Remember that while all of the onlookers–the neighbors, the church people, the parents– all have their doubts and misgivings. The man himself, this beggar who had already had such a hard life—when faced with their hating, his faith only grows stronger. He goes from curiosity to belief. He goes from “I don’t know what happened…” to “He must be a prophet…” to “I do know this, I once was blind but now I see…” and finally he arrives at “Lord, I believe!” In this man, we see some doubt, but it’s paired with real curiosity, and so it blossoms into tremendous faith.
Listen to this detail I found as I wrestled with this passage: In Greek, the syntax, the order of the words is often different than it is in English, so the word order in our English translations can sometimes trip us up. When I consider the obvious faith and character of the blind man in the story, what I really think is going on is found in another, superior translation of the verse, here it is: “This happened so that God’s mighty works in him might be displayed.”
The story isn’t about the man’s physical blindness or the fact that it’s healed, the story is about his faith—a faith that was in him all along, but that others in their own blindness refused to see. The neighbors, the Pharisees, even this man’s parents have always looked at the man and seen a blind man or a beggar; but the reality—what they should have seen—is that God mighty acts ARE in him and always have been.
He doesn’t receive faith, he doesn’t get the gift of faith after his sight is restored. This man has been faithful, gifted, full of good news to share all along—and the doubters in the story…the ones who have treated him like a beggar his entire life, and who still do not believe there is anything good in him…the ones who run him out of the community…Jesus says it: they are the ones who are blind.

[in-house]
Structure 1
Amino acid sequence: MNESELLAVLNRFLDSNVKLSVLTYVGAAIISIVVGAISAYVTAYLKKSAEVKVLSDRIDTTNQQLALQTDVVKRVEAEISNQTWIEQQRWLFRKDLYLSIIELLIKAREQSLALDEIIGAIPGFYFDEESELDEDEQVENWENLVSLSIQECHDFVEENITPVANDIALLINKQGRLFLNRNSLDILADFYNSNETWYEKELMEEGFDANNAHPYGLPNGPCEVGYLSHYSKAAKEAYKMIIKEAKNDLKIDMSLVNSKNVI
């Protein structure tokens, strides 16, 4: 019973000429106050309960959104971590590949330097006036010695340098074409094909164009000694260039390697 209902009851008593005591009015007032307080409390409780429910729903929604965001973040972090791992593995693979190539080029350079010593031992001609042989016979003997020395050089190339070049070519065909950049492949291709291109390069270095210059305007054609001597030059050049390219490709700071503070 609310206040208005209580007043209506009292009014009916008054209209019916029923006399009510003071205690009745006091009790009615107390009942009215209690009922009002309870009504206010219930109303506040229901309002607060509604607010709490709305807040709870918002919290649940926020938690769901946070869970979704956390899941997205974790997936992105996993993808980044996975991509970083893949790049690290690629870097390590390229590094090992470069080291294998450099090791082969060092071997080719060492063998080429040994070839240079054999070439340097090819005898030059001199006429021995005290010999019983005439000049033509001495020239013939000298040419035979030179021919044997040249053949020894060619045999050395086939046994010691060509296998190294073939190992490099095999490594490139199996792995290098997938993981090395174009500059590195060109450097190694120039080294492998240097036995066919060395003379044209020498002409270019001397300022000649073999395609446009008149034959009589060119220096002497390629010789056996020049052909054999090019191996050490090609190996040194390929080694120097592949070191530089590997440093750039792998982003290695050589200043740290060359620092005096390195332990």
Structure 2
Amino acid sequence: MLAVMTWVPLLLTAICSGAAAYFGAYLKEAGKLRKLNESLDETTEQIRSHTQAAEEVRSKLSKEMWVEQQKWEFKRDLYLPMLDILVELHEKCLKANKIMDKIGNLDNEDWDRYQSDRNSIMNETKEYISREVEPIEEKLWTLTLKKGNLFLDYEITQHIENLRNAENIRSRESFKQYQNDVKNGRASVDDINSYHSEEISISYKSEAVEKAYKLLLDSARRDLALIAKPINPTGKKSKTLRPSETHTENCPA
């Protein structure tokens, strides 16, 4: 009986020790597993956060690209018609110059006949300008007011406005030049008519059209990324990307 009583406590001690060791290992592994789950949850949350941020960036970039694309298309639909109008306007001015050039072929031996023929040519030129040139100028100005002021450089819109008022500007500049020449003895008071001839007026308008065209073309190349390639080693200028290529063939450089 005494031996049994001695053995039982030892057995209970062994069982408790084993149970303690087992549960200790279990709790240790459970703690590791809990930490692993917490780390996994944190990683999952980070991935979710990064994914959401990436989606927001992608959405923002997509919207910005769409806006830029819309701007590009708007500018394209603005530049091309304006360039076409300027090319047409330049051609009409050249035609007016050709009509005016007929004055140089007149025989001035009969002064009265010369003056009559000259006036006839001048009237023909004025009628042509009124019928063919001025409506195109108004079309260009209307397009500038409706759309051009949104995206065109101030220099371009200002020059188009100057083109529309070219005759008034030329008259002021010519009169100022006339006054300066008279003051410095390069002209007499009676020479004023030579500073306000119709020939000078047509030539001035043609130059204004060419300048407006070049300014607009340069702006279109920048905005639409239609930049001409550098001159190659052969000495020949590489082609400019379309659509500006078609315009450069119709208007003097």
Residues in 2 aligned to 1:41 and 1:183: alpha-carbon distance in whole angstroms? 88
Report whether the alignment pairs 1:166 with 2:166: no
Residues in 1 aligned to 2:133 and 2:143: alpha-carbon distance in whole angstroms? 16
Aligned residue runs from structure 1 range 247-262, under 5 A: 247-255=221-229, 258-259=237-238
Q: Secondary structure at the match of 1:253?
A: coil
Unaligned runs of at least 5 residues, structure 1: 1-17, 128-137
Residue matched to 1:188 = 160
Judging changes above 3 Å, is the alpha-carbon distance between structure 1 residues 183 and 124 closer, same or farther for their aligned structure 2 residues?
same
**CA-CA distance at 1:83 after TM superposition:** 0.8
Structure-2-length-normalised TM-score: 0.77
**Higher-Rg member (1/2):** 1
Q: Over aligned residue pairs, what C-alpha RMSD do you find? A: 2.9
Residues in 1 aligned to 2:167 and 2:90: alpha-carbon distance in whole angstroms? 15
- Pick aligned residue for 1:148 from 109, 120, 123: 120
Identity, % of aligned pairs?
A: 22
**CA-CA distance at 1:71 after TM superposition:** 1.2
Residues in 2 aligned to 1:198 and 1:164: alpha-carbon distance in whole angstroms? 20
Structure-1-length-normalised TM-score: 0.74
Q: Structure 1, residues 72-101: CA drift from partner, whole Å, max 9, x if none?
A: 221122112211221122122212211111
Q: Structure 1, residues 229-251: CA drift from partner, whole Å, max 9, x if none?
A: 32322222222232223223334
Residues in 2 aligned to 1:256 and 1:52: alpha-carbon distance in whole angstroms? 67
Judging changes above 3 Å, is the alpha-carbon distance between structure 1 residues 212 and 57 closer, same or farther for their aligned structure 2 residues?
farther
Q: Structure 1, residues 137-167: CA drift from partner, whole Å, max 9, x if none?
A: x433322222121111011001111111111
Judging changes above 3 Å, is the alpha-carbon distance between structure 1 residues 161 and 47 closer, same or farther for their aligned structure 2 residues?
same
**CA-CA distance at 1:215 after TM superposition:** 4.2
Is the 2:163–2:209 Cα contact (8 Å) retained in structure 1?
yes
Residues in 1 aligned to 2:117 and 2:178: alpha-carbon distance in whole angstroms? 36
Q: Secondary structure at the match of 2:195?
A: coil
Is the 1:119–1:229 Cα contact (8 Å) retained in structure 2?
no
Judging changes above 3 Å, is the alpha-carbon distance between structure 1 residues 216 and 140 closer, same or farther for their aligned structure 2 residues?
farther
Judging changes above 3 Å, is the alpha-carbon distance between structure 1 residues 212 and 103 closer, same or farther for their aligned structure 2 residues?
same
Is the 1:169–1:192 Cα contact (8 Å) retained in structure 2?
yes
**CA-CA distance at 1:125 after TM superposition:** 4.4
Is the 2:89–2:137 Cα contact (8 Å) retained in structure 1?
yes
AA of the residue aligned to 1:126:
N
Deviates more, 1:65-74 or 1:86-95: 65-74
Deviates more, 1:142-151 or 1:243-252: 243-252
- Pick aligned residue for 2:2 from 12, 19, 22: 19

It’s a great critique in reading this story to ask how God could possibly allow a man to live life as an outcast and a beggar in order for God to prove a point. The truth, I think, is that this man was never an outcast and a beggar because of what God had done to him. He was an outcast and a beggar because of what his community did to him. That’s where the real sin resides in this story. If God’s glory is shown in this narrative, it is shown in the way the truth is told about blindness.
I’m sure many of you know people in our own world who are physically blind, or perhaps who have some other significant physical disability or difference. One of my closest friends is unable to walk. My experience is that the last thing he wants from me is pity—no way. He hopes to be seen for the whole, wonderful, and gifted person that he is, in spite of what challenges or limitations he may face in a world that is often not constructed with him in mind. My friendship with him often reveals the limitations of my own thinking.
This Bible story of the blind man ends up being a cautionary tale not only about his situation, but about the countless situations where we and our communities are dismissive of the gifts of people who may be different in some respect. Our blindness to their gifts is our own failure, and our lack of care and respect for them is often a failure of our communities.
To personalize the story one step further: haven’t we all at some point felt cast aside, disregarded, or diminished because of some respect in which we ourselves may be different? In all these cases, it is crucial to realize, just as today’s story tells us, that we are not cast aside by God. God remembers and loves every one of us in the midst of all our amazing difference and reality.
The great invitation in this story is to see one another and ourselves as God sees us, and not to be blind to the holiness in every human being.
Wouldn’t that be a miracle?